Many of our presidents were well-known bibliophiles. Rutherford Hayes enjoyed Emerson. Calvin Coolidge translated Dante’s Inferno from the original Italian. Woodrow Wilson is the only president to have a PhD. And John F. Kennedy is the only Pulitzer Prize winner among presidential authors.These and other bits about the reading habits of former presidents can be found in this article from the Weekly Standard. By the way, the article’s author, Richard Norton Smith, is also the author of a presidential biography I would highly recommend: Patriarch: George Washington and the New American Nation.
"Harry Truman loved books more than bourbon," writes Smith. "As a self-confessed mama’s boy imprisoned behind coke-bottle glasses, Truman inhabited distant times and foreign cultures through volumes like Great Men and Famous Women. As a senator conducting sensitive investigations of military contracts during World War II, a frustrated Truman fantasized about going away somewhere and burying himself in Shakespeare and Plutarch. His thorough knowledge of the Bible and his deep immersion in the ancients made him naturally sympathetic to the idea of a Jewish homeland in Palestine. Not long before he died, asked if he liked to read himself to sleep at night, the ex-president replied, "No, young man. I like to read myself awake.""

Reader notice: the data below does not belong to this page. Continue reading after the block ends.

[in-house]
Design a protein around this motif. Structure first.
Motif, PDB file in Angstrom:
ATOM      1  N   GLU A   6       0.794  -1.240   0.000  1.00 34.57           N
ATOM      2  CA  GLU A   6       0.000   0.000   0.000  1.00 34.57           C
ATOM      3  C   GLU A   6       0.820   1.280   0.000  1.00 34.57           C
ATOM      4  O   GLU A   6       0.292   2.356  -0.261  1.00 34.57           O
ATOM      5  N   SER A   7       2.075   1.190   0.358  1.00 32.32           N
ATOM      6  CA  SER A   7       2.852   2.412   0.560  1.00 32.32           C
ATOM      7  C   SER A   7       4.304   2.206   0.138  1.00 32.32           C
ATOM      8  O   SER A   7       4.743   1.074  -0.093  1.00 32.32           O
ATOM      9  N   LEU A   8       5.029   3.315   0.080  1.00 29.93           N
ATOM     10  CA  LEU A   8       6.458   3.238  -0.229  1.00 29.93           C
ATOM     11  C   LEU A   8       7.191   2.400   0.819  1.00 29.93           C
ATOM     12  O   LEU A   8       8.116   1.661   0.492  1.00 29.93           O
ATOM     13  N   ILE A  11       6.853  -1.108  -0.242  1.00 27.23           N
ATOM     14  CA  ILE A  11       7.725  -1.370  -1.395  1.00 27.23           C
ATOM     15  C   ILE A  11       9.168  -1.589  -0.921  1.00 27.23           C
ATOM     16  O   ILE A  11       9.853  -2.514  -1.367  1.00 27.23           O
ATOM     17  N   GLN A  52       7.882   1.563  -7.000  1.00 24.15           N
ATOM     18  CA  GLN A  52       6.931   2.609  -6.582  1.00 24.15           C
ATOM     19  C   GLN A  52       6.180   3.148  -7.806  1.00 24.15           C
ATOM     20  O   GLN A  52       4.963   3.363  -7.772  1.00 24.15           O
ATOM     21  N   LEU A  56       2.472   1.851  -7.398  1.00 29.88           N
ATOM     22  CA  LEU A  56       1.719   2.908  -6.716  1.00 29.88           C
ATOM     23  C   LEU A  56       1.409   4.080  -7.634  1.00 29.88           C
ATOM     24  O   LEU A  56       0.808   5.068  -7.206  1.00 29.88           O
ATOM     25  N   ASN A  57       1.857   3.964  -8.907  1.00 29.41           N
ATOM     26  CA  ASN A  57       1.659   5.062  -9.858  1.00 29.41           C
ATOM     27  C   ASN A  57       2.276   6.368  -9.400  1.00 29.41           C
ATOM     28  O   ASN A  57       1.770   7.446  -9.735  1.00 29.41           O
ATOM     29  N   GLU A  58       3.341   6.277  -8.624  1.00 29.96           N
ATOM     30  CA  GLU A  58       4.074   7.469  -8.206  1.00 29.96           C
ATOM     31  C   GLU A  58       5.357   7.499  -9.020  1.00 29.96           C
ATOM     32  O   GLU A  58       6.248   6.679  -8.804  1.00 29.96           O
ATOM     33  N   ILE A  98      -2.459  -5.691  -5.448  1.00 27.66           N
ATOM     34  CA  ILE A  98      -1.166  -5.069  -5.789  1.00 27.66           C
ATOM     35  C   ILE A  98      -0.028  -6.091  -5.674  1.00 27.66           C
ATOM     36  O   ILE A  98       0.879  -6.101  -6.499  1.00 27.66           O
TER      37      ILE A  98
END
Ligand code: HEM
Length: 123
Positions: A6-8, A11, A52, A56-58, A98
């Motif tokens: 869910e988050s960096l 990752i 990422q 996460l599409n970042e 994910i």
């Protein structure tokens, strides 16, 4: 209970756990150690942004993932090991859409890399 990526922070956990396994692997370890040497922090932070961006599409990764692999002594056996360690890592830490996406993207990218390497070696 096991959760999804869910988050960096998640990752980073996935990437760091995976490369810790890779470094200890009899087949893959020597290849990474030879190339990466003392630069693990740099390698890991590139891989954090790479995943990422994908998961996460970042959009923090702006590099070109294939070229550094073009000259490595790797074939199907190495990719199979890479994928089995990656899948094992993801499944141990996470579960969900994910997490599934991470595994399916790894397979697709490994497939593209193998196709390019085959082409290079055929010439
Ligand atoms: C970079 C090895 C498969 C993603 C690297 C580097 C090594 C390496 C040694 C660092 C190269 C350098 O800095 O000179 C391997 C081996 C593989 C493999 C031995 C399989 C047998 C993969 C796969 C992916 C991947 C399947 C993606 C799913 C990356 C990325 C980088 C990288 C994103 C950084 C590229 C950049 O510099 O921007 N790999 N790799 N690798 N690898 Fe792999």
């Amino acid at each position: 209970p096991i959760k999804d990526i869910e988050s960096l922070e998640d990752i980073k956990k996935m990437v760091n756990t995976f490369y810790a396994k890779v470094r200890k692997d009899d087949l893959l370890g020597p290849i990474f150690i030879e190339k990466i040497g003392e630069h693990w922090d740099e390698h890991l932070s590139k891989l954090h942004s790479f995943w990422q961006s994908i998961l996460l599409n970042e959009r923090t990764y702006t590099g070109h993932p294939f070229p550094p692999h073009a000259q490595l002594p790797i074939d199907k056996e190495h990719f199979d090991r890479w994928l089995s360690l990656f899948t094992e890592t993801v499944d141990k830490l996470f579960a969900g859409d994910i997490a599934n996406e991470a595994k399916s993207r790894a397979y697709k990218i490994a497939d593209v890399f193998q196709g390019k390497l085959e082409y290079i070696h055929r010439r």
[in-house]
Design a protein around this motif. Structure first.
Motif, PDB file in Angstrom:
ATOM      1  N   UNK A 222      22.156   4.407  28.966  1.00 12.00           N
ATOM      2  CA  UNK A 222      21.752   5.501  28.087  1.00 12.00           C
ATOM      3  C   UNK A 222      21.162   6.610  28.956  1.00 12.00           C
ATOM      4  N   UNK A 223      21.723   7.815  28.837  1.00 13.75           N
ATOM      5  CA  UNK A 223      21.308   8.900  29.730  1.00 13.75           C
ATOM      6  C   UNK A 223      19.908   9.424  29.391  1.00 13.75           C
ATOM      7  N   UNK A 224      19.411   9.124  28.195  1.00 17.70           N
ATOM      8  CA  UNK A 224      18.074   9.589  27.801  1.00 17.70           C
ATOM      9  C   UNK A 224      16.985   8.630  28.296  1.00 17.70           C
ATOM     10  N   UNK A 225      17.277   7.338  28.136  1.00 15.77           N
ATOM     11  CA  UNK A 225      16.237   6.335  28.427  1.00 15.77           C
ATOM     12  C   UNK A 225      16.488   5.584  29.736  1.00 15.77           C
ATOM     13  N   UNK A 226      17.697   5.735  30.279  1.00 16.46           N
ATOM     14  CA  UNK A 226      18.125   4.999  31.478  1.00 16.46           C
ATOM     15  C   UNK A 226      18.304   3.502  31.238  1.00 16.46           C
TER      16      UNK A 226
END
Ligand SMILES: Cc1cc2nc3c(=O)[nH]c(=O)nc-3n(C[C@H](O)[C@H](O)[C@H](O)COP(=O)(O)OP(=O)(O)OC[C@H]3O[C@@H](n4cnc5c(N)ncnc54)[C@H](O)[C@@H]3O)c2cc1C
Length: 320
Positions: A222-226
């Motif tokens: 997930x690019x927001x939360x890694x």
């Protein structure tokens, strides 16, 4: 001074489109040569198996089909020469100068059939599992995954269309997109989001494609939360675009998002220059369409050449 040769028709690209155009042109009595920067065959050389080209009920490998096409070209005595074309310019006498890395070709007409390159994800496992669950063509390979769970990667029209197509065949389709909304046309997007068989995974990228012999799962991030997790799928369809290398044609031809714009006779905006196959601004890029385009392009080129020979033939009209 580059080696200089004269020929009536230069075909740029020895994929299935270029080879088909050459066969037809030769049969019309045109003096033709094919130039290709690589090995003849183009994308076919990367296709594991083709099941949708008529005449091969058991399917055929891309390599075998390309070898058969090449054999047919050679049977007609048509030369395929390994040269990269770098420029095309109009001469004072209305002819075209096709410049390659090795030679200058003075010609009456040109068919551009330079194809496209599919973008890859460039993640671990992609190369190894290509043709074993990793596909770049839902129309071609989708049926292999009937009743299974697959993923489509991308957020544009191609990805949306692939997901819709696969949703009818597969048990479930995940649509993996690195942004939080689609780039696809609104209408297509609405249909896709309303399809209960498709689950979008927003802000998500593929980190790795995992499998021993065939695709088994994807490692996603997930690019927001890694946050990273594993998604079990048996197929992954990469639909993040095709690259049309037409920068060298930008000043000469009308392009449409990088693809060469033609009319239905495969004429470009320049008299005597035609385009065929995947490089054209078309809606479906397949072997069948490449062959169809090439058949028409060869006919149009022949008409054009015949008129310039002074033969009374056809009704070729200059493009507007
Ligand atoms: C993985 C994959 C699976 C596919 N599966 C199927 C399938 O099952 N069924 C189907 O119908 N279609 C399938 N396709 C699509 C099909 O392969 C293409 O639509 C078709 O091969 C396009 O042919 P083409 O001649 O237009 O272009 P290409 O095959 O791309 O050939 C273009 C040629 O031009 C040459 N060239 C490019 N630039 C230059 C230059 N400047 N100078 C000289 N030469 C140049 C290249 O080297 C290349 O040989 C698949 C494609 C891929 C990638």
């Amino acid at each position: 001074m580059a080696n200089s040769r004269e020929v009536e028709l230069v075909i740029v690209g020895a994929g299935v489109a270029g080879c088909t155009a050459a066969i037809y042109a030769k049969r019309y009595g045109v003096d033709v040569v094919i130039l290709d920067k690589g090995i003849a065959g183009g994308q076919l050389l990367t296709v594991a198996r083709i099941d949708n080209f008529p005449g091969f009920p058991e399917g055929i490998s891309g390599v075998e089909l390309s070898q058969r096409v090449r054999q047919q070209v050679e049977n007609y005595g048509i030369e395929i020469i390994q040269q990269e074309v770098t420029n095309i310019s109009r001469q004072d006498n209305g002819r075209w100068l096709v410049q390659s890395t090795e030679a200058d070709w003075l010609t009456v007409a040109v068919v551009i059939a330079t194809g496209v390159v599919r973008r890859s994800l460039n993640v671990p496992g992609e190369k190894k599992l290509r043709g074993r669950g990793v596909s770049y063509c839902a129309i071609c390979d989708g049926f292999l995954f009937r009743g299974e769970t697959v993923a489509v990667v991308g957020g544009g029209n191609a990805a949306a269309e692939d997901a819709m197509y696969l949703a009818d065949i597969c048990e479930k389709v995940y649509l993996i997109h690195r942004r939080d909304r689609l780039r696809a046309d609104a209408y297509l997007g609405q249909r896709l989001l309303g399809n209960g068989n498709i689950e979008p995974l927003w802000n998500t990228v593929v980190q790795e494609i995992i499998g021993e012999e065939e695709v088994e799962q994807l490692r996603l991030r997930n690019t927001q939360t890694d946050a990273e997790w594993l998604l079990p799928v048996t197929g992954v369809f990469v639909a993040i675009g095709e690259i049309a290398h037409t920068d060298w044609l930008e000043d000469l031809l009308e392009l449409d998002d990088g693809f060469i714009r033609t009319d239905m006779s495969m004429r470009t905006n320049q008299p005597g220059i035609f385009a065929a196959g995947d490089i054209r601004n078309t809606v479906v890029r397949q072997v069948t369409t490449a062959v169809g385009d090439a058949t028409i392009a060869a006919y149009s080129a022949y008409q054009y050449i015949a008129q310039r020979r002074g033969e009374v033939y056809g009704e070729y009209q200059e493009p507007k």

Here is another fun story from Smith’s article about Abraham Lincoln, well-known for his voracious reading habits. "His 1860 campaign biographer, John L. Scripps, not content to have Lincoln repay a farmer for a damaged book with three days’ hard labor, conjured up a young scholar at home in Plutarch’s Lives. This charming tale had but one shortcoming: It had been made up out of whole cloth by a writer who simply assumed, as he put it in a postelection letter to the victorious candidate, that Lincoln was familiar with the classic work. If not, wrote an embarrassed Scripps, Lincoln "must read it at once to make my statement good." Although the author received no formal reply, the Library of Congress did in the form of a White House request to borrow the volume in question.